The Challenges of Self-Employment: Finding Work

by Jake Martin, Title Text

4 min read

Finding work might be one of the greatest challenges you face as a sole trader. Once you’ve filled out the paperwork and decided what services you’ll offer, the struggle becomes how to reach people and communicate those services.

When you have to worry about cash flow, balancing your expenses, and–of course–actually doing your job, fretting over the source of your next paycheque and finding work is the last thing you want.

What follows are four tips on how to find your first customer and then begin building a network of clients that you can draw from.

1. Referrals

Referrals are the lifeblood of many self-employed individuals to help them with finding work.

The first step in securing referrals is to promise quality and deliver on that promise. Impress your clientele! Referrals won’t drop into your lap–you need to work hard and make yourself referable.

With your reputation established, there are a few tricks you can use to encourage referrals. For example, you can incentivise your referrals by offering discounts or free consultations when your customers refer you to others.

Another strategy, recommended by Elene Cafasso, president of Enerpace, Inc., is to build an automatic referral system into your business model. Her company’s newsletters, new client orientations, and feedback surveys all include links that allow her customers to easily refer her business.

And, don’t forget, giving a referral to someone else will often mean you get one in return.

2. Make yourself visible

When finding work, you need to market yourself to make it as a sole trader. Fortunately, there’s a bevy of ways to go about this.

The first is advertising. Whether you put an ad in your local paper or purchase a wrap-around banner for your company vehicle, try to expose people to your business. Consider purchasing space on social media sites, such as Facebook Ads, to give yourself some press.

Also, scour job boards for postings relevant to your work and keep a keen eye out for any listings that have the potential to become recurring. Register your services at online marketplaces such as reed, guru, upwork, peopleperhour, or Gov.uk’s Universal Jobmatch.

Don’t underestimate LinkedIn as a prospecting tool to help you connect with your clients. LinkedIn allows you to join groups that connect you to other entrepreneurs in your field and their job database and discussion boards are great resources for posting job listings.

Finding work to Network

Unfortunately, as a self-employed individual, you don’t have a marketing department to serve as your cheering squad. Entrepreneurs, especially those who work from home, often develop the bad habit of squirreling themselves away from the world while they toil over a project. Don’t let that be you!

Your business needs constant exposure to remain relevant. This means networking both face-to-face and through social media.

Begin by reaching out to former colleagues and employers who might make use of your service. Nothing beats the human element, so try to meet your clients in person when possible and attend conventions that expose you to others in your field.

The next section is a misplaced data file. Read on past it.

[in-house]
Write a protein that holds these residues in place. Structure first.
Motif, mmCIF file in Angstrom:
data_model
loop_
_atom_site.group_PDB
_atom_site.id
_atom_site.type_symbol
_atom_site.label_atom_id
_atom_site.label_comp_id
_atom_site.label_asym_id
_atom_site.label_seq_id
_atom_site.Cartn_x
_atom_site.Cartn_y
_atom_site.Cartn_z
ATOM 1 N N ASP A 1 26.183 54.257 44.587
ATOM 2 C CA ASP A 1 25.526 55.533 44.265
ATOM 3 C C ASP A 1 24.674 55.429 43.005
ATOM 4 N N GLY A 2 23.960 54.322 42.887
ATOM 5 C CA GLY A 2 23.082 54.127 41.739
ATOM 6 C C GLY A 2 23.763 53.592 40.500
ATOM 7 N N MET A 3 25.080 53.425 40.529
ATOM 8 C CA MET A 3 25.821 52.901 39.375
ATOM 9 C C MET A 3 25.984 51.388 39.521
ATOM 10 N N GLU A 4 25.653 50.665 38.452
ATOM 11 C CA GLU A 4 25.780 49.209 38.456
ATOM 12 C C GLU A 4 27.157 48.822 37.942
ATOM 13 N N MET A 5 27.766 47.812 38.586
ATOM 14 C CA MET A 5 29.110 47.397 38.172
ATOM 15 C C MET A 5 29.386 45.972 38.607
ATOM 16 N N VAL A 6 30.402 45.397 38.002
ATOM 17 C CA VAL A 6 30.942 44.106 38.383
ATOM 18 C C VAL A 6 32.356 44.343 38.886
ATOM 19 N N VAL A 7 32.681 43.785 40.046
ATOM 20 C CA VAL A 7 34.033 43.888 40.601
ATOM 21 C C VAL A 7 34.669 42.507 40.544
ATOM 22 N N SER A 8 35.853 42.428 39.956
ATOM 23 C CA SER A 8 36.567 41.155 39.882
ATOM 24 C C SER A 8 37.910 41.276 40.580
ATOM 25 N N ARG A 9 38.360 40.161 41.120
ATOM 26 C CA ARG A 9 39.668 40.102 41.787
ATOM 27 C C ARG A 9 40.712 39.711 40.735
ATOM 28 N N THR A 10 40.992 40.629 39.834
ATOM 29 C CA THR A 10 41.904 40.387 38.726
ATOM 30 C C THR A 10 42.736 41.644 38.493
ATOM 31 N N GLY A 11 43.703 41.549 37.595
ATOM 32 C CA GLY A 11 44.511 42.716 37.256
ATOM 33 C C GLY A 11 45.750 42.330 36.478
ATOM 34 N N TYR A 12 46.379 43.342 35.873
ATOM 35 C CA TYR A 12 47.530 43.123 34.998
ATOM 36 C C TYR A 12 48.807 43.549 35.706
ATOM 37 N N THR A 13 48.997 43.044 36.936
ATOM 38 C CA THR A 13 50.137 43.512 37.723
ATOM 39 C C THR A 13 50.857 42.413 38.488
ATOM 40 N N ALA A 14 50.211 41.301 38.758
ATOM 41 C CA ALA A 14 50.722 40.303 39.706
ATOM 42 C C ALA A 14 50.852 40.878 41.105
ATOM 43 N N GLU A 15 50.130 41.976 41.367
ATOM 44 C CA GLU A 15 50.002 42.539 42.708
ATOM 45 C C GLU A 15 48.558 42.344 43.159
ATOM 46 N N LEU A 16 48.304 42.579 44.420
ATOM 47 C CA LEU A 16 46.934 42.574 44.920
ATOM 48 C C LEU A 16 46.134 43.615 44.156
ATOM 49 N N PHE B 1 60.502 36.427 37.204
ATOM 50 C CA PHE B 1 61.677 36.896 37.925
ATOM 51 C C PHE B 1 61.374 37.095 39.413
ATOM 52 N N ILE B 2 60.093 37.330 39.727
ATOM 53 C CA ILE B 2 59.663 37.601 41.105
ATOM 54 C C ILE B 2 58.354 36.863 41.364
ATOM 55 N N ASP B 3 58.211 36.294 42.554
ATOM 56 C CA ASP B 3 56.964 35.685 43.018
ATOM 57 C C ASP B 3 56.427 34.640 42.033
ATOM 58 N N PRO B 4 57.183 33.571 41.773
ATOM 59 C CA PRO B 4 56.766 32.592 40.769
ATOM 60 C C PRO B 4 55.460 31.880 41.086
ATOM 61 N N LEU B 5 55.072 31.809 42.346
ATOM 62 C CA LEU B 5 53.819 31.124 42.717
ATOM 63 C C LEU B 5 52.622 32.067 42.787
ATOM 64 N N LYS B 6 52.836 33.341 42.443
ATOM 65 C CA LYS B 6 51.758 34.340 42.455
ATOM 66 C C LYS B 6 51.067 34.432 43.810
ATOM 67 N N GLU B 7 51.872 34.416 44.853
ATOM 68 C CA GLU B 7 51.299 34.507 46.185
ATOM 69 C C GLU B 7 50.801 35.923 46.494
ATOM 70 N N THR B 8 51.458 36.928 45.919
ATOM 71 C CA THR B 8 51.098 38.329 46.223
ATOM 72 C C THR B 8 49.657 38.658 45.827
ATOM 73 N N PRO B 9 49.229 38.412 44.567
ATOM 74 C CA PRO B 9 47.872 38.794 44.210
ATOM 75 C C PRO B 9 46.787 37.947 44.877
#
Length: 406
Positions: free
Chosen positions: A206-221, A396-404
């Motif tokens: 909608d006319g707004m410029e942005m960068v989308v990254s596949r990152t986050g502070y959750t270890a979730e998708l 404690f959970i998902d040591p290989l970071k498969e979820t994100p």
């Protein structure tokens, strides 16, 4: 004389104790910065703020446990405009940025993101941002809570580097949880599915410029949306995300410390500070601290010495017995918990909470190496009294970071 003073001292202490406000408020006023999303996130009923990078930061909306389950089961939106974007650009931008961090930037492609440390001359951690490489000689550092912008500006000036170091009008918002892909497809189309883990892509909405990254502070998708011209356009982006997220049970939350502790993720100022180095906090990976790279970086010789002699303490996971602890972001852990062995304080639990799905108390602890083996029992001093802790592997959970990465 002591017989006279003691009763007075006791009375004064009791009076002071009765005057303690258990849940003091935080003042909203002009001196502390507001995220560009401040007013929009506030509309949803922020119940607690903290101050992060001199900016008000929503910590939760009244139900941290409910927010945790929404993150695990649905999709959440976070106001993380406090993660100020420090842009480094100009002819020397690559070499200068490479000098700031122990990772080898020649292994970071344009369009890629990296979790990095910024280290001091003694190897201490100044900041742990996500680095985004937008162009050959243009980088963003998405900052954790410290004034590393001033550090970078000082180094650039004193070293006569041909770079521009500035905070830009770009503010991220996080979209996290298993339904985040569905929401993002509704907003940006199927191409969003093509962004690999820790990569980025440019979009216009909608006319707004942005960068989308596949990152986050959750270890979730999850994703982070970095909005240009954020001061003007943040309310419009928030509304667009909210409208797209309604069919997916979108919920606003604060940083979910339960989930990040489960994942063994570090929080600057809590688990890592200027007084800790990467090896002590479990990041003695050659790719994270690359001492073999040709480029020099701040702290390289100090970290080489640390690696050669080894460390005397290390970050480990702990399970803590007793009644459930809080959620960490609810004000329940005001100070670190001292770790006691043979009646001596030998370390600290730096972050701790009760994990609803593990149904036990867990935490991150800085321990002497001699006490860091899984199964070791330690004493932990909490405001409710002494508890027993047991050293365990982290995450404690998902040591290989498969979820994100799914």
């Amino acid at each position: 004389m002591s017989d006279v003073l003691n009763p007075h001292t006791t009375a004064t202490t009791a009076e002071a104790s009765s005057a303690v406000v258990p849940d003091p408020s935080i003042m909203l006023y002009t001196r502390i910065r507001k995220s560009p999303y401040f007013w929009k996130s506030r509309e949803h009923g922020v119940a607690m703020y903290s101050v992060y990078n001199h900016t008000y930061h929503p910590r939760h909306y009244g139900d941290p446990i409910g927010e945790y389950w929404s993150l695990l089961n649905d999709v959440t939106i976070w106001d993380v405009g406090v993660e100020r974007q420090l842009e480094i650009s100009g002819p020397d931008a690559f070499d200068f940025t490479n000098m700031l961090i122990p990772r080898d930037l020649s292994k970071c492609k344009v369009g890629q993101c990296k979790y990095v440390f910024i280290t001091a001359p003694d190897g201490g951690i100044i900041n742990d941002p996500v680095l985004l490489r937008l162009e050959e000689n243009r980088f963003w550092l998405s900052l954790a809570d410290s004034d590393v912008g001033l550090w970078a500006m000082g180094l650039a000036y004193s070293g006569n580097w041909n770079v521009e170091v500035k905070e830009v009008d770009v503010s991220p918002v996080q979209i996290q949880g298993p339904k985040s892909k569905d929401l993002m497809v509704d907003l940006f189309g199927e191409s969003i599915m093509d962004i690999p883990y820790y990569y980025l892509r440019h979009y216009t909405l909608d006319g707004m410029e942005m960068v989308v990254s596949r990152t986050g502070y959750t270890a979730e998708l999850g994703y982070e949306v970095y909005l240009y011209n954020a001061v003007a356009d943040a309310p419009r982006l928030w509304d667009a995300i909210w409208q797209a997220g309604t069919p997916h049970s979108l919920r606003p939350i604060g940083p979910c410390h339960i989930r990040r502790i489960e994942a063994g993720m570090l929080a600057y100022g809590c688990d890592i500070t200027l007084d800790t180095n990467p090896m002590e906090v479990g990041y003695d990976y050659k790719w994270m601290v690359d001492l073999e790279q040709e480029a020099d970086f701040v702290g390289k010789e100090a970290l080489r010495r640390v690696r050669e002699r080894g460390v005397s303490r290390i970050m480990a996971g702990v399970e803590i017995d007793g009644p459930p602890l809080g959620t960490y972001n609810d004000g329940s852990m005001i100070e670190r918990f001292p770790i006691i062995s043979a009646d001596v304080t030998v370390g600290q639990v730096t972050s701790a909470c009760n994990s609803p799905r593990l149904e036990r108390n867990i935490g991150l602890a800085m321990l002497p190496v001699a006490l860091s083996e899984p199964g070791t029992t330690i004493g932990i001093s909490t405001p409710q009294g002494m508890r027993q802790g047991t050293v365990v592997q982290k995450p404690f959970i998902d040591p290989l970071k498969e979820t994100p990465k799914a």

Start a professional blog that highlights your projects and earns you some exposure from Google. Use platforms like Facebook, Instagram, and Twitter, and give your business its own accounts that address topics such as services offered and customer service.

4. Understand your industry

We knew that when self-employed individuals turned to QuickBooks Self-Employed, we needed to provide a service that simplified tracking expenses, so that they could spend more time on their businesses and less time balancing their budgets.

We also felt that it was important to offer users a free trial of QBO. While offering a free service doesn’t directly result in new customers, we saw how important it was to familiarise our users with our product and give our customers a glimpse of the quality that we offer.

Offering free services–whether that’s software trials or follow-up visits–might be standard practise in your industry too. Researching how others operate within your industry is one of the most important skills that you can learn, but one of the most difficult to give specific guidance in. You need to gauge rates charged by your competitors, services they offer, and resources they use to advertise their businesses.

It’s also important to understand your clientele in a particular industry. For example, taxi drivers unwilling to work evenings and weekends will miss out on their busiest hours.

If you’re seeking more information on different jobs and finding work, these resources offer incredible amounts of support and free advice to the newly self-employed: National Career Services, Mentors Me, Business is Great, and You Inspire Me.

Keep an eye on our self-employment hub for more resources tackling the tricky questions surrounding self-employed life.

Information may be abridged and therefore incomplete. This document/information does not constitute, and should not be considered a substitute for, legal or financial advice. Each financial situation is different, the advice provided is intended to be general. Please contact your financial or legal advisors for information specific to your situation.

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